Best Friends in YA

I read a lot of young adult fiction, and I am getting tired of books where romance is the only thing that matters. Of protagonists who have "not like other girls" syndrome, who are not friends with other girls, whose only interests and relationships are with the mysterious bad boy who deigns to notice them. So here are five books that focus on friends first and foremostEven though I read a lot of YA, including some excellent novels, it was quite a hard list to put together. Any other recommendations are more than welcome!

1. Sisterhood of the Traveling Pants by Ann Brashares

The classic YA friendship novel. Four best friends, all quite different in personality, who are forced to spend the summer apart for the first time. Despite the silly-sounding title, it is a fabulous series.

2. The Bermudez Triangle by Maureen Johnson

Maureen Johnson has written many books, but I think this might be her best. It follows a year in the life of three best friends since childhood, whose relationship changes when two of three begin dating each other.

3. A Great and Terrible Beauty by Libba Bray

The first in a trilogy, A Great and Terrible Beauty is a Victorian gothic about four girls at a boarding school who discover the entrance to a mysterious, magical Realm and must fight the evil that lurks there. The girls don't always get along. They can be cruel and jealous, and can cause as many problems for each other as they solve. But their relationship always feels painfully, dreadfully real.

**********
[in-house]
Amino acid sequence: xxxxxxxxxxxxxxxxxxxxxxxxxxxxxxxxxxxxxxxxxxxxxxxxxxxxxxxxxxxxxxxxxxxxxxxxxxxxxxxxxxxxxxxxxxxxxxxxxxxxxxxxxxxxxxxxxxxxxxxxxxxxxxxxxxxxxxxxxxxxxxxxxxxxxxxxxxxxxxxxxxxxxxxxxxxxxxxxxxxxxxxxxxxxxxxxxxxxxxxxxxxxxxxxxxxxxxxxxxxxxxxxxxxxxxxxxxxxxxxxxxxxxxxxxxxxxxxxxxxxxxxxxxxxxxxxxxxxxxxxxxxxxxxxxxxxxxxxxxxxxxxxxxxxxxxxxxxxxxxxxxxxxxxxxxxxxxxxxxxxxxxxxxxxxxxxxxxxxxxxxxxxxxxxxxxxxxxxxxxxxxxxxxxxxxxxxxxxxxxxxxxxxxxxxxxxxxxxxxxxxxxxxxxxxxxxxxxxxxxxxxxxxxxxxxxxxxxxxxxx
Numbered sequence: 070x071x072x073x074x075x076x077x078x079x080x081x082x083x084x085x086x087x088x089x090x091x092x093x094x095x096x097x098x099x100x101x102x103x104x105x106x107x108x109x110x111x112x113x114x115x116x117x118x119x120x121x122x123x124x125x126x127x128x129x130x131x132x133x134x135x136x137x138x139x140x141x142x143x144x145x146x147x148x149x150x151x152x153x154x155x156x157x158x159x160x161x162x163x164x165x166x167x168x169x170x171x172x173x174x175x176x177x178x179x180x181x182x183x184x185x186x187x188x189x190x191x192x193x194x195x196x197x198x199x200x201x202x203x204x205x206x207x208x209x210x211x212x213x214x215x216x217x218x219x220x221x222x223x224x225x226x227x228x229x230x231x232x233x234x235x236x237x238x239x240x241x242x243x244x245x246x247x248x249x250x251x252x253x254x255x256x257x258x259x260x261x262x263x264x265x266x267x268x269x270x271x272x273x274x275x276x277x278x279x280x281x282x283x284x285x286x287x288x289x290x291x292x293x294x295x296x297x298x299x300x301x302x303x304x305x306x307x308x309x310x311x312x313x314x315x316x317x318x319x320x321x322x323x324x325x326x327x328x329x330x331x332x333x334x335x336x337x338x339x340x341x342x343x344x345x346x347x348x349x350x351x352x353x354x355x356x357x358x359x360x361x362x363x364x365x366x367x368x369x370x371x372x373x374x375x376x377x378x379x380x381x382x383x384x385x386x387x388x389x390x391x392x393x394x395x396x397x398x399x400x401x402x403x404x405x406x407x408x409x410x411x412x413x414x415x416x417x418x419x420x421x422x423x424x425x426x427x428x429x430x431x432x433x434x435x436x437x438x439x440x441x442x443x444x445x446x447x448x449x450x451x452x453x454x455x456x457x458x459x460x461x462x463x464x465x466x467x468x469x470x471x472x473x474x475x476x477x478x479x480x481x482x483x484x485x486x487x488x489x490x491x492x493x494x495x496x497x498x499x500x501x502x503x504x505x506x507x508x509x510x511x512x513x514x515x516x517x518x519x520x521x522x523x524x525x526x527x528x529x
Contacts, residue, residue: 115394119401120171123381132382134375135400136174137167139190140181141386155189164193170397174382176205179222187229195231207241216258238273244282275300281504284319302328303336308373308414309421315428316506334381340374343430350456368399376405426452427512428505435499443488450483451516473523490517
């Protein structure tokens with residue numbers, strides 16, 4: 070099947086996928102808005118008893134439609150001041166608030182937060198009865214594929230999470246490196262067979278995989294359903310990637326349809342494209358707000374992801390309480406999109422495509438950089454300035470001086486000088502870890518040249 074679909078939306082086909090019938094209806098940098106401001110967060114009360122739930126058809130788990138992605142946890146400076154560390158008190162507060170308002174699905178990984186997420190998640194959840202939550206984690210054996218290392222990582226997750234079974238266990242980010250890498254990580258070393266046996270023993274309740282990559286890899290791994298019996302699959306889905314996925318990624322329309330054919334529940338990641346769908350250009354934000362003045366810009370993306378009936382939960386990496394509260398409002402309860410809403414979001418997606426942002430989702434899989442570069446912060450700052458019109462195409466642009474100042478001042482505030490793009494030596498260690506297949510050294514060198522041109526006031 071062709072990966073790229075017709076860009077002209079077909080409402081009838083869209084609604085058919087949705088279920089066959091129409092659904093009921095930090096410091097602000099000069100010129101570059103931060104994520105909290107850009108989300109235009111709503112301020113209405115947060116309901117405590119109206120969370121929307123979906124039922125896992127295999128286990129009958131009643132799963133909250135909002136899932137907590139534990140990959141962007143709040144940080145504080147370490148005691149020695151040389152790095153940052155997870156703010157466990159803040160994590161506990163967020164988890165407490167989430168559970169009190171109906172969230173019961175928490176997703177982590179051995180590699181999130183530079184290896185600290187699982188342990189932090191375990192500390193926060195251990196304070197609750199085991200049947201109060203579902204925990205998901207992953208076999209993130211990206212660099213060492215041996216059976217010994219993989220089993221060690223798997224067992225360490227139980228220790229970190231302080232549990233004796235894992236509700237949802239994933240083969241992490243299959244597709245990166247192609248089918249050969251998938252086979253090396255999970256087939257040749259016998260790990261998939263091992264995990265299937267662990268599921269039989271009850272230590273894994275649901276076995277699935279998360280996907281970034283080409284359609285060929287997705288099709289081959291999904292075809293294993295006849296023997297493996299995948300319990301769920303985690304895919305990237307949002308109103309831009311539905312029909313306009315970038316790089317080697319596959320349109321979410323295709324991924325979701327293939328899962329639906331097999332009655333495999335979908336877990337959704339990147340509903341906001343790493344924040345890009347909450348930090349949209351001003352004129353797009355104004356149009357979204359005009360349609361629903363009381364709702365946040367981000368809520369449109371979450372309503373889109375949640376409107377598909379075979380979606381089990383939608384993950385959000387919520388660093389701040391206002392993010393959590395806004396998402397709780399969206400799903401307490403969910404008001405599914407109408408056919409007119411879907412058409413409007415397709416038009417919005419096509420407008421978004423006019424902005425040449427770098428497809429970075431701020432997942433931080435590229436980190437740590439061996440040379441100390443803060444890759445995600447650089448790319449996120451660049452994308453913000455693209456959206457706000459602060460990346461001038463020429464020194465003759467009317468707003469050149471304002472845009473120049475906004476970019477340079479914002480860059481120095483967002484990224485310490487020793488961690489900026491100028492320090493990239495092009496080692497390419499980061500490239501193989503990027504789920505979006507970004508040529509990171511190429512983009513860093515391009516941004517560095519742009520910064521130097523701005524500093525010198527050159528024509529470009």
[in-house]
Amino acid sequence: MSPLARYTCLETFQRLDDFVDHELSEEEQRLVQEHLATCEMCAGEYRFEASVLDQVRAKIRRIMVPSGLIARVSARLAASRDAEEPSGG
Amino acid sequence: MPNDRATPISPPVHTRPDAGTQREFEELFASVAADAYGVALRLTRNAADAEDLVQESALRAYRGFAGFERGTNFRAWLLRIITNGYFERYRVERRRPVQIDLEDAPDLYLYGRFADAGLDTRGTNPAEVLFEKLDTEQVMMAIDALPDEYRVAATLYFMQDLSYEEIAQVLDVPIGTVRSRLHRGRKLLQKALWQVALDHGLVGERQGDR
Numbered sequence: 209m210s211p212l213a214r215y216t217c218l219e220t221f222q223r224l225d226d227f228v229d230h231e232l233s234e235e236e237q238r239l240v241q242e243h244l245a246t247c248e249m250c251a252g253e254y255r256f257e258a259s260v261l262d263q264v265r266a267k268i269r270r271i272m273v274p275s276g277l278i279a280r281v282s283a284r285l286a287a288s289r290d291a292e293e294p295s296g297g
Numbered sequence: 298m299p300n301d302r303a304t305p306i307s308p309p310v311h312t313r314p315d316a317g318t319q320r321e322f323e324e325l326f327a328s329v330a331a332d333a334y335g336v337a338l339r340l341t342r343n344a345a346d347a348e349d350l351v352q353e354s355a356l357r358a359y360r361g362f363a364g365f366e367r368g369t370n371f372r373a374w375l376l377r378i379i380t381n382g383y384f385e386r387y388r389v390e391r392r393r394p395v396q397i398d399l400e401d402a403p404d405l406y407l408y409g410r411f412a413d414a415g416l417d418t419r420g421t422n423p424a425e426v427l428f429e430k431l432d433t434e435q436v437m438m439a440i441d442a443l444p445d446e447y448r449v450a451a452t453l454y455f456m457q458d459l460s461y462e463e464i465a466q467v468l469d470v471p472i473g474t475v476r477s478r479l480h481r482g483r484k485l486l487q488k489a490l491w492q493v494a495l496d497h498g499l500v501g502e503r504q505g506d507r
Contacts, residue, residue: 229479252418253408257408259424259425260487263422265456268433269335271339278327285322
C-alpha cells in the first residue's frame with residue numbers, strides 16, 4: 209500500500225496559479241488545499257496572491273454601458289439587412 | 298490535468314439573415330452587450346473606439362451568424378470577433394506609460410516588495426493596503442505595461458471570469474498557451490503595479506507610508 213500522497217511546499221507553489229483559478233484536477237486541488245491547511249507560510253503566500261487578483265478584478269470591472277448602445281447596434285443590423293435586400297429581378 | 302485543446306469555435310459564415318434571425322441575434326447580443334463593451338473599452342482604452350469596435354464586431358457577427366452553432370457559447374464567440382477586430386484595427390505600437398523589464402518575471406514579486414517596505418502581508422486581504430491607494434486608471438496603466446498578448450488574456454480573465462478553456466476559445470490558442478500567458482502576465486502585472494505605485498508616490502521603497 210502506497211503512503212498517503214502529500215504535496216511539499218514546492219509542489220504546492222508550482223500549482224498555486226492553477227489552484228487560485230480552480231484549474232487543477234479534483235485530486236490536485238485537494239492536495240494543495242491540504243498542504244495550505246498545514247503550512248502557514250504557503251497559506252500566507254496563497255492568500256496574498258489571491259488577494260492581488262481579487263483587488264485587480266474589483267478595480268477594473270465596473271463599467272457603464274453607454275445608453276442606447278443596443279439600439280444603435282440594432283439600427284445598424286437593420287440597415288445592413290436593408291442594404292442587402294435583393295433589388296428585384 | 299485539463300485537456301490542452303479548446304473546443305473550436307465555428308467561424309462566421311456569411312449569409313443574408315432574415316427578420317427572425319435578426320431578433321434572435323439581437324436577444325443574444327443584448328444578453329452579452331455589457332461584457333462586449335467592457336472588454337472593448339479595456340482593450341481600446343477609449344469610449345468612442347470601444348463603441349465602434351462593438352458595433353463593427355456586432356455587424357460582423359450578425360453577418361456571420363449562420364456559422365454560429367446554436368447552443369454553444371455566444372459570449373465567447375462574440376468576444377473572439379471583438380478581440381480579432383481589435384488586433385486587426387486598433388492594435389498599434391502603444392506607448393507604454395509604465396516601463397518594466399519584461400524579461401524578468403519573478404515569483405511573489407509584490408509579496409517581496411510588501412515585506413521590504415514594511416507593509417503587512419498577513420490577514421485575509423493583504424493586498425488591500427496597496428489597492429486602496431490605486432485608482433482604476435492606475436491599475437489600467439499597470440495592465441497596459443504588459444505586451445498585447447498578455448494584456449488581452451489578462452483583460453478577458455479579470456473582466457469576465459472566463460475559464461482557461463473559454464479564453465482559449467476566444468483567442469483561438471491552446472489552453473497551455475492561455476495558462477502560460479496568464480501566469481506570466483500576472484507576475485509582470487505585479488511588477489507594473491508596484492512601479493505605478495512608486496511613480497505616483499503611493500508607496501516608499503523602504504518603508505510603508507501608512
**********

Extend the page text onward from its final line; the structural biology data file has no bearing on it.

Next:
4. Wither by Lauren de Stefano

In a dystopian world where all women die age 20, and men die age 25, the rich and fabulous have taken to buying groups of wives to ensure the future generation. When Rhine is kidnapped off the street and sold to a rich husband, she will do anything to escape. But along the way, she develops close, challenging, painful relationships with her three "sister wives," the young women who, willingly or unwillingly, have been thrown together into this luxurious prison.

5. Delirium by Lauren Oliver

Technically, Delirium is not all about friends. This dystopian novel imagines a world where love is treated as a disease, and where everyone is "cured" of it by their 18th birthday. Obviously, an epic romance is forthcoming. But, fairly uniquely, this novel considers "love" in all forms, including the close best friend relationship between protagonist Lena and her childhood friend Hana. The result is a gripping and moving novel that stands out among all the dystopian stories that have hit the shelves over the past few years.